The next thing I needed to do was to make a jig. This always makes my wife smile, as she maintains that my day is complete if I get to design and fashion a jig! My plan was to route holes in the upright in order to accept a dowel. The dowel would ensure the structural integrity of the piece once glued together. The holes in the two pieces needed to line up perfectly and my goal in achieving this was to register the jig from the same two surfaces of each upright. The one thing complicating it was the overhang of the shelf, and so I needed to cut a groove in the jig so that it wrapped over the overhanging shelf. I then needed to ensure that the hole in the jig that would guide the router bit was as close to the center of the upright as possible. My hope was that if it was off a tiny bit, then the fact that the jig was referenced off the same two surfaces on each piece would compensate for this and the two uprights would still line up perfectly. This part of the theory, which sounded great in theory, could only be tested in practice, which added a bit of tension to the whole procedure.
Once all eight holes were drilled I needed to turn my attention to cleaning up the underside of the shelf on the upper section. There was a small section of the upright still remaining. This was due to the thickness of the formica that I had used to protect the underside of the shelf. In order to get rid of this I removed the top plate of my jig and clamped the jig to the upright once again.
I then registered the router bit to the surface of the shelf and used it to clean up the 1/16″ or so of upright remaining.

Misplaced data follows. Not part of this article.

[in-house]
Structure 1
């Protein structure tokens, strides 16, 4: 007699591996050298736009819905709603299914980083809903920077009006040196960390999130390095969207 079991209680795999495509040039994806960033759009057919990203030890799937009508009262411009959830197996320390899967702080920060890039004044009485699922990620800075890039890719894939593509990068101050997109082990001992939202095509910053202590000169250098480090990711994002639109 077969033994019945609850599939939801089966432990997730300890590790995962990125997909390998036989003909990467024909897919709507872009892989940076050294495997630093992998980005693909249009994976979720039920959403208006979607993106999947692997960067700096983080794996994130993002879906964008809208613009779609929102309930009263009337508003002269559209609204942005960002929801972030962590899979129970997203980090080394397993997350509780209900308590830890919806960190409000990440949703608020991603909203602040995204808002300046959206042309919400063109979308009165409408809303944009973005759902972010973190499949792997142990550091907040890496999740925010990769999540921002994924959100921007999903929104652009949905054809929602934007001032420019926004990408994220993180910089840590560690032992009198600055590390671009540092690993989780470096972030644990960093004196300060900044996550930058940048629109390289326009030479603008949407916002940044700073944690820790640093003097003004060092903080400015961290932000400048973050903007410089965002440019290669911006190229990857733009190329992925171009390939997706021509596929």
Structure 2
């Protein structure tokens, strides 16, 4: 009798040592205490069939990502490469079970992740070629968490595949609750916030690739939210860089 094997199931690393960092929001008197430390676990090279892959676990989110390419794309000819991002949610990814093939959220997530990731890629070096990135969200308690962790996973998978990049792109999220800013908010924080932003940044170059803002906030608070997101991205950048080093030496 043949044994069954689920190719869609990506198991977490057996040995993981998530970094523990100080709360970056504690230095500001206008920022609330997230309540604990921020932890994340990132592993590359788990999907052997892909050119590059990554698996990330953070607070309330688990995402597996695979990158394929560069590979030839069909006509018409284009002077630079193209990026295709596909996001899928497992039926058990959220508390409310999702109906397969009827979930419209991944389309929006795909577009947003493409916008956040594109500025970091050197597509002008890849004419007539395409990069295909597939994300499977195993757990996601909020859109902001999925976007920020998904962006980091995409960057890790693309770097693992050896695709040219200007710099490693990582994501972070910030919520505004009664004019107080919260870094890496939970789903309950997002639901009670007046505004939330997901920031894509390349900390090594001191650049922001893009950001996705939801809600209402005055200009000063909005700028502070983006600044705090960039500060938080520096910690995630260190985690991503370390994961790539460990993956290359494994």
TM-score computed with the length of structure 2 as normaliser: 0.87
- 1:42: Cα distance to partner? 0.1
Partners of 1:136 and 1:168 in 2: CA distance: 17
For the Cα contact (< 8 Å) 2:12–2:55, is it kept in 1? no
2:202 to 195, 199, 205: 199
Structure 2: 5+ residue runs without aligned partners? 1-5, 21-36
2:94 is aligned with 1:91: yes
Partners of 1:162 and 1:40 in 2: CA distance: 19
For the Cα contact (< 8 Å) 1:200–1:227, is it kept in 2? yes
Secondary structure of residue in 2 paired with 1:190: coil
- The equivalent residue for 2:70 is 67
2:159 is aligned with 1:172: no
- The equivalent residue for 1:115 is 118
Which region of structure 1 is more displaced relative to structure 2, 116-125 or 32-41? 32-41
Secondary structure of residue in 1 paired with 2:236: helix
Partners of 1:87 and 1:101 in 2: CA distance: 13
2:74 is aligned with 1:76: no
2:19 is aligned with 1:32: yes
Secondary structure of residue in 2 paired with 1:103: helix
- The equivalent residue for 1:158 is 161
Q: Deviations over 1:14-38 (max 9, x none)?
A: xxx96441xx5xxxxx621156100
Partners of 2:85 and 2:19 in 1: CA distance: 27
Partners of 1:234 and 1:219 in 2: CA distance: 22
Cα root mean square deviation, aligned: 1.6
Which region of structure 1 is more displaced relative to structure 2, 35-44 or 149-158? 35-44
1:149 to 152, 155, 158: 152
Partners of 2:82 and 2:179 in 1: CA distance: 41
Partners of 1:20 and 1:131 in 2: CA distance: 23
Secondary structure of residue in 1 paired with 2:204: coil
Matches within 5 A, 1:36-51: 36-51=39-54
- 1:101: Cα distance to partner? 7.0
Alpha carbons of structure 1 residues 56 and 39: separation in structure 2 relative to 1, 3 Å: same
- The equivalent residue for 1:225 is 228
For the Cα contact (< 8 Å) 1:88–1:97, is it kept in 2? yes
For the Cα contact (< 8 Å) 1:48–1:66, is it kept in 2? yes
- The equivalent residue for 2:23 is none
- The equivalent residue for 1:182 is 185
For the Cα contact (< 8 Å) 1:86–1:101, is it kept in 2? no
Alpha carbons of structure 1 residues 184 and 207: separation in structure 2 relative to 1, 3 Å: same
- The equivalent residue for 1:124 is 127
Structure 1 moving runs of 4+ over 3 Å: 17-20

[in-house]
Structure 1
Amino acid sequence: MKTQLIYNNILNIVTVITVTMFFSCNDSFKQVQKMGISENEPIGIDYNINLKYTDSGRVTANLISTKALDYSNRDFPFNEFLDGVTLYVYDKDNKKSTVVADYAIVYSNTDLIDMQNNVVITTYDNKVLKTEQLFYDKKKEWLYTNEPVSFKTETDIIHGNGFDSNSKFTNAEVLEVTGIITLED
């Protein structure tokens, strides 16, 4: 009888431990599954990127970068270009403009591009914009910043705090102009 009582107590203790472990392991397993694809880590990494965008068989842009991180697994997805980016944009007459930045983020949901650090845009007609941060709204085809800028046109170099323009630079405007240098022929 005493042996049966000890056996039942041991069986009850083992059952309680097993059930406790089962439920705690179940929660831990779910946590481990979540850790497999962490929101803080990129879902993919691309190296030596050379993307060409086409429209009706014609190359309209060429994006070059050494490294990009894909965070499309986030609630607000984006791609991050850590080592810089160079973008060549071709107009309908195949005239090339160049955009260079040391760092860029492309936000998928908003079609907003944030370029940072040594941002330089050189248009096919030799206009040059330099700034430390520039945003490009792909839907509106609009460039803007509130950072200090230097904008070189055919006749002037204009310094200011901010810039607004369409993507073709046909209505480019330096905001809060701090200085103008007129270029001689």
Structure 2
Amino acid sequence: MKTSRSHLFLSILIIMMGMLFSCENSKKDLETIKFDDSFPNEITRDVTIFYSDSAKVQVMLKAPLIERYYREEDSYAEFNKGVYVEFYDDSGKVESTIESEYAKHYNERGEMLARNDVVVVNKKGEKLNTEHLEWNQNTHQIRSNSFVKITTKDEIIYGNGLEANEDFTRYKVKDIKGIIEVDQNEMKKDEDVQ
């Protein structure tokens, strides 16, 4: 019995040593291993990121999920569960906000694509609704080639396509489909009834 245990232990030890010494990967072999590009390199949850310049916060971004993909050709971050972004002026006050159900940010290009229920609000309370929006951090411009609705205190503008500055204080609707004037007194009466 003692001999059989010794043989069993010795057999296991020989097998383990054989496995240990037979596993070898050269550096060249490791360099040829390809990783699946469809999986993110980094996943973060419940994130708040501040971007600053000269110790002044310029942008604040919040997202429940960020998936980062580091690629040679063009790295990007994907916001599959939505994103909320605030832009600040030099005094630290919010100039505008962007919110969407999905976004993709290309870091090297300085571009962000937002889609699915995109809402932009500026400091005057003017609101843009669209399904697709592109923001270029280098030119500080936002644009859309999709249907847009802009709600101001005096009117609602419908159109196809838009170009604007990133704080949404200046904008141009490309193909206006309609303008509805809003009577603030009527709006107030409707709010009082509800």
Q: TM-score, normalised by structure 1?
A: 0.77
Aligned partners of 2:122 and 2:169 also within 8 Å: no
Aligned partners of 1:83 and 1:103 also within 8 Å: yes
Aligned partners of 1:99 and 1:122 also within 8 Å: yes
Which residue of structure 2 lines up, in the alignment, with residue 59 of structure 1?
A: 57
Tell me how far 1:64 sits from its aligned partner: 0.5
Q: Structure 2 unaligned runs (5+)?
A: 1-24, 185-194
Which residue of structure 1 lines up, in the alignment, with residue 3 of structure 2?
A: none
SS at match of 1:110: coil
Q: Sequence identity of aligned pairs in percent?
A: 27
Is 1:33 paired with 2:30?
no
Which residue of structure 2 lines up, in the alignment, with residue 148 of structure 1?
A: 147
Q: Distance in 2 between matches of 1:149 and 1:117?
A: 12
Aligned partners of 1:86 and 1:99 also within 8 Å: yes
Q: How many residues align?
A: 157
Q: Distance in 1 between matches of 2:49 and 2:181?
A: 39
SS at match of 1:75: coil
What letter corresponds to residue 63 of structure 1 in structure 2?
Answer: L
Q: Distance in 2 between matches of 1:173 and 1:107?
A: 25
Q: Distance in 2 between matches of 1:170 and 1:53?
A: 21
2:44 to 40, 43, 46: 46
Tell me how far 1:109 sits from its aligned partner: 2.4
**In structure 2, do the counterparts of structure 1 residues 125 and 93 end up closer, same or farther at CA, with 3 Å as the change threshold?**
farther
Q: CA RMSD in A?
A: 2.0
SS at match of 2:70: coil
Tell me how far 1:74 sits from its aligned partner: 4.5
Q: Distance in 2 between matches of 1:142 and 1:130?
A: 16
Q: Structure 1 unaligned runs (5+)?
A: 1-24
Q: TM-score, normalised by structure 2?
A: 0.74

The resulting surface. Clean and flush with the underside of the shelf.
Lastly I needed to ensure that the cuts on the uprights of the lower section were clean and at a perfect ninety degree angle. If the cuts I had made using the flush cut saw were at a slight angle then it would be impossible to achieve an invisible joint. I also needed to make sure that each upright was exactly the same length so that the piece stood upright. Once again I used my jig without the cover plate. I also used a piece of wood registering from the lowest shelf to the underside of the jig in order to cut each upright to the same length. I set everything up in order to remove the bare minimum of wood and so maintain as much of the length of the upright as possible.
Then it was off to the lathe in order to turn a dowel to the correct diameter out of a piece of straight grained hard maple.
After cutting each dowle to length I cut a couple of thin slots in each one. This was to allow the excess glue in the mortise a place to escape when everything was clamped together.
… and the test fit. It looked perfect. I was equal portions of relieved, ecstatic and mildly surprised at this point. The blue tape is in place to protect the surfaces from any residual glue squeeze out during the clamping.
No pictures of the clamping procedure. Anyone who has done a glue up knows that there is no time to grab the camera for a quick snap shot during a glue up. It went smoothly, primarily because I have learnt from bitter experience to always do a test glue up and have all the clamps ready and conveniently positioned long before I open the bottle of glue. I decided to use Titebond Liquid Hide Glue for this. As well as a longer clamp time it also seemed an appropriate glue to use for a fine piece of furniture such as the one I was working on.
With the glue up complete, I closed the workshop for the night and came back the next morning with great anticipation to see how it had all come together. After removing the clamps and tape I tested each joint and it seemed that the structural integrity of the piece had been maintained. I was also delighted to find that the joints were near invisible. Someone would have to look long and hard in order to see that the piece had been cut down. The image below shows one of the joints.
A couple of shots of the modified Étagère. This was a pretty challenging project, involving many of the things that are so enjoyable about woodworking. Creative thinking, problem solving, care and attention to detail.